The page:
The exchanges (what matter) have a dialling code associated with them. This is 020XX that is the dialling code. I know Londoners think they are special, but your not. You phones work the same as the rest of the UK.

0
1
Thumb Down

Re: Forget the broadband, BT please fix the numbers

Yes and BT are complete idiots regarding these allocations. When I lived in London my first number was 845x xxxx, guess what happened on a regular basis. Not only that but the specific 0845 number was allocated to a company who called parents to report a kid not in school. We were reported to the police regularly for making "spamming" phone calls. After the first few times the woman who did the phone stuff for the Met knew us and just binned the complaints. BT's position was, tough, if you don't like it you can have another 845 number. They could have but refused to tell the company using the 0845 number to not put a number in the CLI field as their number was out-going only anyway.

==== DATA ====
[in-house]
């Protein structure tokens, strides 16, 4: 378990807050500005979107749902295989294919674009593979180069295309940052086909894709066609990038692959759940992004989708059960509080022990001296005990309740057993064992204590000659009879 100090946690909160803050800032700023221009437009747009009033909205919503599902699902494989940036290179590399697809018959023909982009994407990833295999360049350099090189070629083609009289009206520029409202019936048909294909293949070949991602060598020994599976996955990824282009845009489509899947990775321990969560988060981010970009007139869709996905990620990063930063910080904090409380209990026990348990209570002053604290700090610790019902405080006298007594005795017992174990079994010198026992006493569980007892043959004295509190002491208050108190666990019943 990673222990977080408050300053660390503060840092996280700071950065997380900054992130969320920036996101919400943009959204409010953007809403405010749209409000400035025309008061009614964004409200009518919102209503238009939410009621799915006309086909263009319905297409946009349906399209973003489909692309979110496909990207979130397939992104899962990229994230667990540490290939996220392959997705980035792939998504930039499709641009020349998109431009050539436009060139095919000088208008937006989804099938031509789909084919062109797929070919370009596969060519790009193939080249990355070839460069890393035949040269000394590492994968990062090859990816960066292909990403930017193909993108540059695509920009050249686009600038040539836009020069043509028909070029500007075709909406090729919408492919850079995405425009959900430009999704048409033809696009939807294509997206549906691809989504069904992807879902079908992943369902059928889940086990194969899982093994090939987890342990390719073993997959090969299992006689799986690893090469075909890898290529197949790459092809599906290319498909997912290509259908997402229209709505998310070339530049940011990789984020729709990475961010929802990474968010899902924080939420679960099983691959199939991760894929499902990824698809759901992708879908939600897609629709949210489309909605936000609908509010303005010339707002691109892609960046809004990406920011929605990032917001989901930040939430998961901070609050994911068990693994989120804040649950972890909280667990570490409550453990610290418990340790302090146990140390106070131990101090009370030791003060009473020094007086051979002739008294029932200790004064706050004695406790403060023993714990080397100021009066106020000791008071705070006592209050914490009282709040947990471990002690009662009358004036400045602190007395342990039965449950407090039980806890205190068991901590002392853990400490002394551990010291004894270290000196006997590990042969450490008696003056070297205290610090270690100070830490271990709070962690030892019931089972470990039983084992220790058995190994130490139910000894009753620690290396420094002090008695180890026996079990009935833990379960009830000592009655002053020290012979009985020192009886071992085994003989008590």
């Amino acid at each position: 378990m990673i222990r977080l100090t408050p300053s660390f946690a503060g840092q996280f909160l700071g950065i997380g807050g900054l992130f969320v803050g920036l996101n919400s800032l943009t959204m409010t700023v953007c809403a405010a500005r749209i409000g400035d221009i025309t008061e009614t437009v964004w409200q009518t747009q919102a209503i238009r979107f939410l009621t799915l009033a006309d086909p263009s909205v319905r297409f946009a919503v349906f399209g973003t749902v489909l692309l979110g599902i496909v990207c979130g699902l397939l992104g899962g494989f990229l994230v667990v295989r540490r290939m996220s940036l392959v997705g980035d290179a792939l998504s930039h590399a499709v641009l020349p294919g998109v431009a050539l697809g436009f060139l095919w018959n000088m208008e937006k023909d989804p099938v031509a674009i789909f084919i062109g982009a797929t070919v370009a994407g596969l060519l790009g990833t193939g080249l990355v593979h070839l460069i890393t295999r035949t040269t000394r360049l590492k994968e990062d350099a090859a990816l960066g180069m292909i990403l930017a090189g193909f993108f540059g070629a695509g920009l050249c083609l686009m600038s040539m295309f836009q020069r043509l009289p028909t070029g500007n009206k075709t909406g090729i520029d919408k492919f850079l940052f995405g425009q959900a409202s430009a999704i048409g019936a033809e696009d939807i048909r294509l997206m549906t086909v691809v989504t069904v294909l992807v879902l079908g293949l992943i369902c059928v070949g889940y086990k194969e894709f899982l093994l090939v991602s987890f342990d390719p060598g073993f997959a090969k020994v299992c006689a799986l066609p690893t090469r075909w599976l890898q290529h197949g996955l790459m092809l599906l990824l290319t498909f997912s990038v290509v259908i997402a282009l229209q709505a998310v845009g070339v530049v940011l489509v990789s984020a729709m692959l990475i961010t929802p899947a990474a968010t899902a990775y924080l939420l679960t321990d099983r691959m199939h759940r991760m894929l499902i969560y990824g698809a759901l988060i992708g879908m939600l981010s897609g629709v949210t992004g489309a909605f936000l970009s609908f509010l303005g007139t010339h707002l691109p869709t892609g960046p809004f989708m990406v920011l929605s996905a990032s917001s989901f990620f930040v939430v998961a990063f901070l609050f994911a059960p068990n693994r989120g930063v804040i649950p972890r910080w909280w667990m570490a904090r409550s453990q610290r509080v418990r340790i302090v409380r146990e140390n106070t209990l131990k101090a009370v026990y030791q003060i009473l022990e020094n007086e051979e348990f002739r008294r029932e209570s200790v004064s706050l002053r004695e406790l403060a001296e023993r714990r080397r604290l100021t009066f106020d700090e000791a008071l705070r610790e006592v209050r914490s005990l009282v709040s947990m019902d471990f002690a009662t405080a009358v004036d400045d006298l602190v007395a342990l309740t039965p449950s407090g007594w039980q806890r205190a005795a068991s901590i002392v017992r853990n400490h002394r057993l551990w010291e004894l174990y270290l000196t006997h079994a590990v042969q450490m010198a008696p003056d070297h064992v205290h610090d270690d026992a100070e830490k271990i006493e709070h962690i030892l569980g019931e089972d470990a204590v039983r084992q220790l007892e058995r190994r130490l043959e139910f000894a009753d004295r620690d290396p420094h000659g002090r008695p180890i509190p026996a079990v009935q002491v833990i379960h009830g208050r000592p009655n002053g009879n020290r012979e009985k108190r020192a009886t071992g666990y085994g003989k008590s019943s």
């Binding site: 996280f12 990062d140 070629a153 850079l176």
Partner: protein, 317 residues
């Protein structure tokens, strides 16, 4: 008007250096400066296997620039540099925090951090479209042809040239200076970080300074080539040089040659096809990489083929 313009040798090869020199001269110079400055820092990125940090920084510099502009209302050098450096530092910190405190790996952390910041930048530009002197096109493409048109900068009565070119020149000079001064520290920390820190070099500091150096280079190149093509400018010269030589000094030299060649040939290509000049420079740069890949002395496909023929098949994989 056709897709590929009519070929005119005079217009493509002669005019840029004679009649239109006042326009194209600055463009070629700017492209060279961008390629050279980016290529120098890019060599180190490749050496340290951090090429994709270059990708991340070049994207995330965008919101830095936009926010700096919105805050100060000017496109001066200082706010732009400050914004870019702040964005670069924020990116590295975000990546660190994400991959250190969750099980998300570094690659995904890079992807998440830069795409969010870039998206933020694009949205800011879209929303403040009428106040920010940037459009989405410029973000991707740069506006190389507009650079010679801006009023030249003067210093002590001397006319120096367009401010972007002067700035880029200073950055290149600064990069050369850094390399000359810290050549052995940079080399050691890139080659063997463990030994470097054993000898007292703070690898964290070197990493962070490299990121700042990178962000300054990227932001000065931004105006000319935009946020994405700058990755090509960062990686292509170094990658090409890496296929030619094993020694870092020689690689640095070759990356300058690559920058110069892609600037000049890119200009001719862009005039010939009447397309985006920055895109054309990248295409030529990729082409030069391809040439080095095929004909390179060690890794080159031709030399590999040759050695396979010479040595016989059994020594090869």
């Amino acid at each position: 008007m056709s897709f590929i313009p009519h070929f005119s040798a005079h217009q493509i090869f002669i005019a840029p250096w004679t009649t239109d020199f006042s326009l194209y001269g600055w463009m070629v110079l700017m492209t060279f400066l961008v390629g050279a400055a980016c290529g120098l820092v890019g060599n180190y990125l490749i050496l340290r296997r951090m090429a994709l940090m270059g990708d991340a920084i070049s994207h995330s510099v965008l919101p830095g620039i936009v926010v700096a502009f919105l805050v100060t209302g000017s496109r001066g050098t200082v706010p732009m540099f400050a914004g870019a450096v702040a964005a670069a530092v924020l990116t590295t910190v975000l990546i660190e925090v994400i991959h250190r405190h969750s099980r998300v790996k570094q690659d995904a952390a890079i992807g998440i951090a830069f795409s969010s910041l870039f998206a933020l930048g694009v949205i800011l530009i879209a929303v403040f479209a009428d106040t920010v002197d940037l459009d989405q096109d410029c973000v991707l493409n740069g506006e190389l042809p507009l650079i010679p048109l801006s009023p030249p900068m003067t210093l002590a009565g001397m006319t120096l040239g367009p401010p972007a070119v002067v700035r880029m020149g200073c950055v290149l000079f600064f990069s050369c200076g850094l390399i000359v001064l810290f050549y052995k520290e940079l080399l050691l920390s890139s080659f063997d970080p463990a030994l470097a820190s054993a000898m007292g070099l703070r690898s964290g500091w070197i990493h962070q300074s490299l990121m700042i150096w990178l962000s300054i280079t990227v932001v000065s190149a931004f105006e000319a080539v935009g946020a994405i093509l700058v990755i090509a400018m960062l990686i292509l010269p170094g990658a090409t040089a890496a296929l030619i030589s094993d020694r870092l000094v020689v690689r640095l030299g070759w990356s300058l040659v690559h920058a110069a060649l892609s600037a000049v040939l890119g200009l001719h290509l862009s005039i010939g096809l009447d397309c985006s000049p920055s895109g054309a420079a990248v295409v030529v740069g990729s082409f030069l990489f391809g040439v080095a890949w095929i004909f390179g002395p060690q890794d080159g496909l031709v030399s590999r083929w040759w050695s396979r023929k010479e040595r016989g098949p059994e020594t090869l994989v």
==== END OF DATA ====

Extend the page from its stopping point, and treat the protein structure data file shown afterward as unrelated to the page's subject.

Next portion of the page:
Note for the pedantic among you, yes the 0845 number would have an additional final digit, which if you fail to dial the "0" is ignored, the resulting number was the 8 digits of my London number. Well designed BT, "useless" is the kindest thing I can say.

0
0
Anonymous Coward

Re: Forget the broadband, BT please fix the grammar

"This is 020XX that is the dialling code"

No it isn't. London is a former director area (along with Birmingham, Edinburgh, Glasgow, Manchester and so on...) Those cities have codes in a different format.

The telephone number is made up of a city code, an exchange code and then the telephone number.